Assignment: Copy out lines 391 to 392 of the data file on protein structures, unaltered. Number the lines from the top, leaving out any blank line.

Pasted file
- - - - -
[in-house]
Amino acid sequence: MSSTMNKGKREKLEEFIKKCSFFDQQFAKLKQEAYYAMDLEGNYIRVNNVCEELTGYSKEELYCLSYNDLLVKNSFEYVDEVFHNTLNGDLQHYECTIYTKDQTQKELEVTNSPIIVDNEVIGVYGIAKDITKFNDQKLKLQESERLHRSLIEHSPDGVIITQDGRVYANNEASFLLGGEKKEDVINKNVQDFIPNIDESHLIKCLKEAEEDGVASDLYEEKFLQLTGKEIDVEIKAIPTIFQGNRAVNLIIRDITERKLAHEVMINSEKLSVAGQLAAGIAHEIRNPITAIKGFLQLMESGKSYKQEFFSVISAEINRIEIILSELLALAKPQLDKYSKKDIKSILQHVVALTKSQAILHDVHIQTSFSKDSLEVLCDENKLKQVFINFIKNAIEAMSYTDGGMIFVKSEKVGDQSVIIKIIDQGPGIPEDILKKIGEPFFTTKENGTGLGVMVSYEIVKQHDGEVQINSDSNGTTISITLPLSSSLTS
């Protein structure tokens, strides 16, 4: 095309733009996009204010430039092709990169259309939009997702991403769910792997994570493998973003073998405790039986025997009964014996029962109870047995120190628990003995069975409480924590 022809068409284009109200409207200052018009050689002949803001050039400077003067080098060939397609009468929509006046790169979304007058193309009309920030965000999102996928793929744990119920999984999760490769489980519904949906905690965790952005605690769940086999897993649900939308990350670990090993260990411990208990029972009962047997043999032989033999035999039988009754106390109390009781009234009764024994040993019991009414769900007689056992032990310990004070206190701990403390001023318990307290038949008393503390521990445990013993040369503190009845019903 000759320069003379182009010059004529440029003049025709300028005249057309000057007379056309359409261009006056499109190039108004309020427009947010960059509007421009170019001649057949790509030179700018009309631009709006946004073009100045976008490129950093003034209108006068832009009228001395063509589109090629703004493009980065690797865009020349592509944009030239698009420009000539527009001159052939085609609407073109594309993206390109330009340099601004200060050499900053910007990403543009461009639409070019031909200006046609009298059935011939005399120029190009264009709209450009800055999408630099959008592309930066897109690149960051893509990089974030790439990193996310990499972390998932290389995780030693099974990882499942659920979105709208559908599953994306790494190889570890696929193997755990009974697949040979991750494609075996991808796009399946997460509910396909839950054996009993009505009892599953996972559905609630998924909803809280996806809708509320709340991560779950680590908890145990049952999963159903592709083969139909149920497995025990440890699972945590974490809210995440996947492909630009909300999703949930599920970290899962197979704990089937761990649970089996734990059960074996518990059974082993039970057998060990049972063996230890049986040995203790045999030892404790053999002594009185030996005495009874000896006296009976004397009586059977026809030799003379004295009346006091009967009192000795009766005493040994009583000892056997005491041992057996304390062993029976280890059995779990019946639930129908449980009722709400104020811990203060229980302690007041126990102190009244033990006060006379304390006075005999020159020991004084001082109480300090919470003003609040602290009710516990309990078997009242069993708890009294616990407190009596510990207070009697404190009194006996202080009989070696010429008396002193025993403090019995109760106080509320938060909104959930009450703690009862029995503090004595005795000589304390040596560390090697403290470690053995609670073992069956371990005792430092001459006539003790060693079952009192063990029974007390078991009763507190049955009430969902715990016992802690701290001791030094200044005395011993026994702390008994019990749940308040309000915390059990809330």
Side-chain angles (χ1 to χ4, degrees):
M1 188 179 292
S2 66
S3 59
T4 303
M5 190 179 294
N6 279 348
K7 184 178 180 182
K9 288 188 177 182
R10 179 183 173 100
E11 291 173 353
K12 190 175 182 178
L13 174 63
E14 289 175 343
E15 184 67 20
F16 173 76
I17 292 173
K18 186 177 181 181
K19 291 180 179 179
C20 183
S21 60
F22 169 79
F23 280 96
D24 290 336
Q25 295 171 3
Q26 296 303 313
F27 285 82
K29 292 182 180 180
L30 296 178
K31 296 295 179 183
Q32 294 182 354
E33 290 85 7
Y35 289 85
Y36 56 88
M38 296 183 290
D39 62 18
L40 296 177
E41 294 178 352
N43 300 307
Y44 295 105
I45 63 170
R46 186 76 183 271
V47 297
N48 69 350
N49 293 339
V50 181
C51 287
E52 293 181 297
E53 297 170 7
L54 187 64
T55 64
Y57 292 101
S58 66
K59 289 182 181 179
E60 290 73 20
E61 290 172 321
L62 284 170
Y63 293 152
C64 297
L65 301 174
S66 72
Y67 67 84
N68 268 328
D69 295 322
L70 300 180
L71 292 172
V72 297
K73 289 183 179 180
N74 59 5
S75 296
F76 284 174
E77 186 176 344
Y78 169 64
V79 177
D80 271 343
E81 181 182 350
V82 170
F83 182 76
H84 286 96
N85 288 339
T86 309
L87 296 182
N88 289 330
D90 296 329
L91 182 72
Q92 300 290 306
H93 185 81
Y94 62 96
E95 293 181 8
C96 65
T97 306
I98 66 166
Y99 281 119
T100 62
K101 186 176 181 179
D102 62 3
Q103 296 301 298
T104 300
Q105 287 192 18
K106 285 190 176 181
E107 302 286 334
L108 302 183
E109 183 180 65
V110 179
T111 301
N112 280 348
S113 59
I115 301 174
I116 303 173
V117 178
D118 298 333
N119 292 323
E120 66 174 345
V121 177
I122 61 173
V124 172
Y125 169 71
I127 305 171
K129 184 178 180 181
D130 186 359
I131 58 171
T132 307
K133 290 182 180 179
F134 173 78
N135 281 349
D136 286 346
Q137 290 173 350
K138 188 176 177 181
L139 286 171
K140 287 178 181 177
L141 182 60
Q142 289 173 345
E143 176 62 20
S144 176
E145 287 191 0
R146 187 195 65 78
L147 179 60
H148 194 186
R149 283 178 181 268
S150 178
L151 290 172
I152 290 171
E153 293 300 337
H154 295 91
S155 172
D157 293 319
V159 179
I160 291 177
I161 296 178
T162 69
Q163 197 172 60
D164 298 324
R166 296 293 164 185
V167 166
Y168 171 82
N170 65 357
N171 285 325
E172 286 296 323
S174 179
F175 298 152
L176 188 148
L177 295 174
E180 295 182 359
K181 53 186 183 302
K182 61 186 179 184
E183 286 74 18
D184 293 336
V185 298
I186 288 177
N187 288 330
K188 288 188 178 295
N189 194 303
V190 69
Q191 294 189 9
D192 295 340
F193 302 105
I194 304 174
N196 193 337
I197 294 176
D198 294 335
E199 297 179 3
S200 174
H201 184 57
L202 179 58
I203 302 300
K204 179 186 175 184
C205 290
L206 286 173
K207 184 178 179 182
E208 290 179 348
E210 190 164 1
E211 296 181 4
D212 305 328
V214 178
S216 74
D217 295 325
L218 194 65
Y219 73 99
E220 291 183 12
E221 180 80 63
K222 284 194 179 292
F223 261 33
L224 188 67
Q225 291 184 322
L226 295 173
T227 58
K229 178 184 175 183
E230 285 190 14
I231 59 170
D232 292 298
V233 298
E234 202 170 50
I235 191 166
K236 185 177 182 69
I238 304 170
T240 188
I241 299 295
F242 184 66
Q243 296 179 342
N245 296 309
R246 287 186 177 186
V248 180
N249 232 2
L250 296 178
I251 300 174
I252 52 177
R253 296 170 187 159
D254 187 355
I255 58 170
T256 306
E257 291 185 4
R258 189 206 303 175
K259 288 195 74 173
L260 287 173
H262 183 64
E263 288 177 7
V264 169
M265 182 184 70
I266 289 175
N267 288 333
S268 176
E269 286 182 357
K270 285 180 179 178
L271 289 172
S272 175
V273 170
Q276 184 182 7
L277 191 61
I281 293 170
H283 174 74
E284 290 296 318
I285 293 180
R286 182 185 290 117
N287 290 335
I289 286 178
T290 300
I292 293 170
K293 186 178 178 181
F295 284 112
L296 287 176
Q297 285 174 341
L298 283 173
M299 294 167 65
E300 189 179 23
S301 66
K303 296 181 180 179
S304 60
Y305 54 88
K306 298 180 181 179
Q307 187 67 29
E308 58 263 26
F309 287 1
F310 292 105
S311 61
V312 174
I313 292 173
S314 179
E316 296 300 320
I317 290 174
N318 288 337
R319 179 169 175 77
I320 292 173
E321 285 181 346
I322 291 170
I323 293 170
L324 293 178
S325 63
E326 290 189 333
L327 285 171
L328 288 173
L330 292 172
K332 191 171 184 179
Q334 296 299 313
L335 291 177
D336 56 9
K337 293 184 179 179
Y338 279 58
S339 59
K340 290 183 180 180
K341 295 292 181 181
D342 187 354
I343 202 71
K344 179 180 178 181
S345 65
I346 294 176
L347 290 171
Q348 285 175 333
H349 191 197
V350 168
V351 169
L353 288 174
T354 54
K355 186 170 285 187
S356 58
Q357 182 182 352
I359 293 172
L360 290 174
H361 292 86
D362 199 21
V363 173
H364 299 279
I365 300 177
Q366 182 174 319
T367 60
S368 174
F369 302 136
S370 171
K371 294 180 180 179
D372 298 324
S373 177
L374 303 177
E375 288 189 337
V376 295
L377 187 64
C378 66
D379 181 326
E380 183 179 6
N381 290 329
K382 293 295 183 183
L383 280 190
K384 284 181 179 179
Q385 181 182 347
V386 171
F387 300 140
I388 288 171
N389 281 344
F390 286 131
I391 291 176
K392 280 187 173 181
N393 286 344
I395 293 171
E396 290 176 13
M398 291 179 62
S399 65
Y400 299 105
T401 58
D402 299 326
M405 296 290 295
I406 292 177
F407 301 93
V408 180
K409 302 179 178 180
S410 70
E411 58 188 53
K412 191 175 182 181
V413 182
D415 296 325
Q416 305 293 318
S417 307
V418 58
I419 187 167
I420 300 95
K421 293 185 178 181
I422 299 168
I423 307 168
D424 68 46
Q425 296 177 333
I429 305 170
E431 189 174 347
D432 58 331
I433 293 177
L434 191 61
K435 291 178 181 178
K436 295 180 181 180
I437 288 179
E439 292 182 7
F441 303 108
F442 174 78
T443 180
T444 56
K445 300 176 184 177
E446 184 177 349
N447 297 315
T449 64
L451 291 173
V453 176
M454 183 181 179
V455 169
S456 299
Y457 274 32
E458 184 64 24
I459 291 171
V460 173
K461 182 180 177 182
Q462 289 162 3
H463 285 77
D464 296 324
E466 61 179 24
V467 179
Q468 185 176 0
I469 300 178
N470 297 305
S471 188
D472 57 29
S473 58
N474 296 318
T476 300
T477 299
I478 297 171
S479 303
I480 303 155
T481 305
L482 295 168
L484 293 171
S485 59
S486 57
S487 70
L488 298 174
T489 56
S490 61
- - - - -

F442 174 78
T443 180